EDMONTON — Alberta's Lubicon Cree have been fighting for decades for a land they could call their own.
But as he's poised to finally sign the historic claim with Premier Rachel Notley, Lubicon Lake Chief Billy-Joe Laboucan said the real work is just beginning.
"It'll be a good start to what we need to do in this community," said Laboucan, who will make the deal official Tuesday.
"There's so much work to be done — the real work happens now."
The successful claim was negotiated after years of failed talks, broken promises, standoffs, arrests and global condemnation that reach back more than a century.
"So many of us have been aware of this as a very significant issue and an issue that really needed the attentions of government," said Richard Feehan, Alberta's Indigenous relations minister. "For many years, it was not happening."
In the late 1800s, British officials missed the Lubicon as they negotiated Treaty 8 with other Indigenous groups. Canada agreed the Lubicon deserved title to their land in 1939, but a deal was never reached.
The issue stagnated until the 1970s when oil and gas companies began carving through local traplines. By then, the Lubicon were so poor that diseases such as tuberculosis were a problem.
In 1988, then-chief Bernard Ominayak staged a protest at the Calgary Olympics and blockaded roads into the disputed area. The dispute went global as a United Nations committee criticized Canada for its treatment of the Lubicon.
Eventually, then-Alberta premier Don Getty set aside lands for the Lubicon under what became known as the Grimshaw Accord. Those lands are included in the current agreement.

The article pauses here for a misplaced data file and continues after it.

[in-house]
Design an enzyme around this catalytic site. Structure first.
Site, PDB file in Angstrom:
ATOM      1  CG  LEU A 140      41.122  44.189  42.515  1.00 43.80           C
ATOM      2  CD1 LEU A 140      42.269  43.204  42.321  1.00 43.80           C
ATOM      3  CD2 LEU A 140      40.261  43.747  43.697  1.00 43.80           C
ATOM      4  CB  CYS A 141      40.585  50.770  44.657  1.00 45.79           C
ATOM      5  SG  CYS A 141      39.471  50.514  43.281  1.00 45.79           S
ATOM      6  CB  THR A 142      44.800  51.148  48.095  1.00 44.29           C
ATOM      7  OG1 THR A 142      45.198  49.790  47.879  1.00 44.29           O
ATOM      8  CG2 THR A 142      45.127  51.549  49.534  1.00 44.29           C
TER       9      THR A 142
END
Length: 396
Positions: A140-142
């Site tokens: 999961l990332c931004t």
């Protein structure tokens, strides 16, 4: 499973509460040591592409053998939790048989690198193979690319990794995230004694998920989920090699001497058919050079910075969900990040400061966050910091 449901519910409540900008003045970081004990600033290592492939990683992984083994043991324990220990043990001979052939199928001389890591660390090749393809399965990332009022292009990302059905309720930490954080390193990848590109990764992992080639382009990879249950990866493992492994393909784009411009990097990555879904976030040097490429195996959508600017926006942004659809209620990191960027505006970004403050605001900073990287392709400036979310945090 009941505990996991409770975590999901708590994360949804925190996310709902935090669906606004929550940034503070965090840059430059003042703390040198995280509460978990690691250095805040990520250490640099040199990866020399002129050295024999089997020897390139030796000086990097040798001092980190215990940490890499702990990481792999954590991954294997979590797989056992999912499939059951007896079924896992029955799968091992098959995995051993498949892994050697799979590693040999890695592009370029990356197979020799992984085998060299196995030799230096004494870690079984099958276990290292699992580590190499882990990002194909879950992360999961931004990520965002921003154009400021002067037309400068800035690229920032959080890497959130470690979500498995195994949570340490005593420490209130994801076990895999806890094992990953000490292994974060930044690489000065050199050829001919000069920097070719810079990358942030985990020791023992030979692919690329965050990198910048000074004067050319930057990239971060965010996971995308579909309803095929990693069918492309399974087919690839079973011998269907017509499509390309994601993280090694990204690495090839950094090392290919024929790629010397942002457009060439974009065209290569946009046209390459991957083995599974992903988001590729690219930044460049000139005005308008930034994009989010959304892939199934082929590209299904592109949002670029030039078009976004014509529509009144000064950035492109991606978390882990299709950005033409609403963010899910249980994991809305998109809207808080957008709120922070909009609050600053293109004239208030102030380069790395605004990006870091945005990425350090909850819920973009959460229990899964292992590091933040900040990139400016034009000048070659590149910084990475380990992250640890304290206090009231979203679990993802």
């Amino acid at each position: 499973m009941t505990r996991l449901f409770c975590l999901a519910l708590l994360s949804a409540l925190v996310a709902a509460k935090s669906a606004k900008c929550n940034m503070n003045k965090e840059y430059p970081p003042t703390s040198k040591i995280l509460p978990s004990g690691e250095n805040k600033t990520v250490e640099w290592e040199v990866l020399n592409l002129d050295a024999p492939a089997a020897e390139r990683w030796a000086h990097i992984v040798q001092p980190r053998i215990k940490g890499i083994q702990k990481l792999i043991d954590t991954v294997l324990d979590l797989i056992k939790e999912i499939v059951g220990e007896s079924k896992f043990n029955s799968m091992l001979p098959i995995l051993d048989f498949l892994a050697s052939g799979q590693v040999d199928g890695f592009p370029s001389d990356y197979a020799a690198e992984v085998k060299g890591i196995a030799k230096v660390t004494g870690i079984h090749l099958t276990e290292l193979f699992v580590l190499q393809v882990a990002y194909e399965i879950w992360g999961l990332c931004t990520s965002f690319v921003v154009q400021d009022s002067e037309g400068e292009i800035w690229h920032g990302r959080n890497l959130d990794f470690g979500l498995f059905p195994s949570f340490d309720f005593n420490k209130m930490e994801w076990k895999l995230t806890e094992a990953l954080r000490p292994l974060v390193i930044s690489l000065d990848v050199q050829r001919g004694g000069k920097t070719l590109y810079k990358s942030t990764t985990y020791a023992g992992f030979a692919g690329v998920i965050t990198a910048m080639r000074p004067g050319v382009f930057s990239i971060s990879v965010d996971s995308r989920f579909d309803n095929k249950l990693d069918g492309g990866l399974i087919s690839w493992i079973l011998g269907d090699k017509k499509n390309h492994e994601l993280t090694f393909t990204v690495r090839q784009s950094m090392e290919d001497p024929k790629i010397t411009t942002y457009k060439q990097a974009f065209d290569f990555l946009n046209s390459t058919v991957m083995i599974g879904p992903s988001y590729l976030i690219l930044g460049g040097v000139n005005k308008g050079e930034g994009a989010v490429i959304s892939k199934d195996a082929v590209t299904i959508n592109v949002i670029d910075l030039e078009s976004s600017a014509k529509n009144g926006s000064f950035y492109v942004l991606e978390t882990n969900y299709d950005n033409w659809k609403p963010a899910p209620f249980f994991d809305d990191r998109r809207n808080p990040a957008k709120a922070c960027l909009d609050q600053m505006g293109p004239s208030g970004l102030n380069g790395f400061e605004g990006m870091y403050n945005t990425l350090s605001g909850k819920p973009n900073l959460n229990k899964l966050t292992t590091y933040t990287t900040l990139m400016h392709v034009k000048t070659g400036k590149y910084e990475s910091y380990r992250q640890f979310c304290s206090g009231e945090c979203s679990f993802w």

Negotiations were rebooted in 2014 by former Alberta premier Jim Prentice, ultimately leading to last October's deal.
"The stars aligned," Feehan said. "Everybody was at the table with the absolute clear idea that we needed to come to a good place on this."
The claim offers $113 million from the provincial and federal governments as well as 246 square kilometres of land near the community of Little Buffalo. Some of that money is earmarked for roads, housing, utility services, internet and a school.
"The huge, major things are being able to get good homes in here, elders care and a future for the children here as in a good school," Laboucan said.
Laboucan said the land included in the deal has seen little industrial disturbance and is "in good shape." Laboucan said many forestry and energy companies stayed away from the area due to the vigorous campaign led by Ominayak.
"If that hadn't been the case, we wouldn't be here," said Laboucan. "A lot of credit has to go to previous chief Bernard Ominayak and council, and all the chiefs before him."
Ominayak has been invited to the ceremony, although it's not clear if he'll attend.
Laboucan said the band can finally focus on its future, not its hard-luck past.
"Up until this point, we haven't had our own land base. It's pretty hard to do what you need to do without a land base."
Feehan, who once booked Ominayak decades ago to speak at a conference he organized, said Tuesday will feel like history.
"Here we are," he said. "It feels pretty good. Very good, in fact."
— Follow Bob Weber on Twitter at @row1960
Bob Weber, The Canadian Press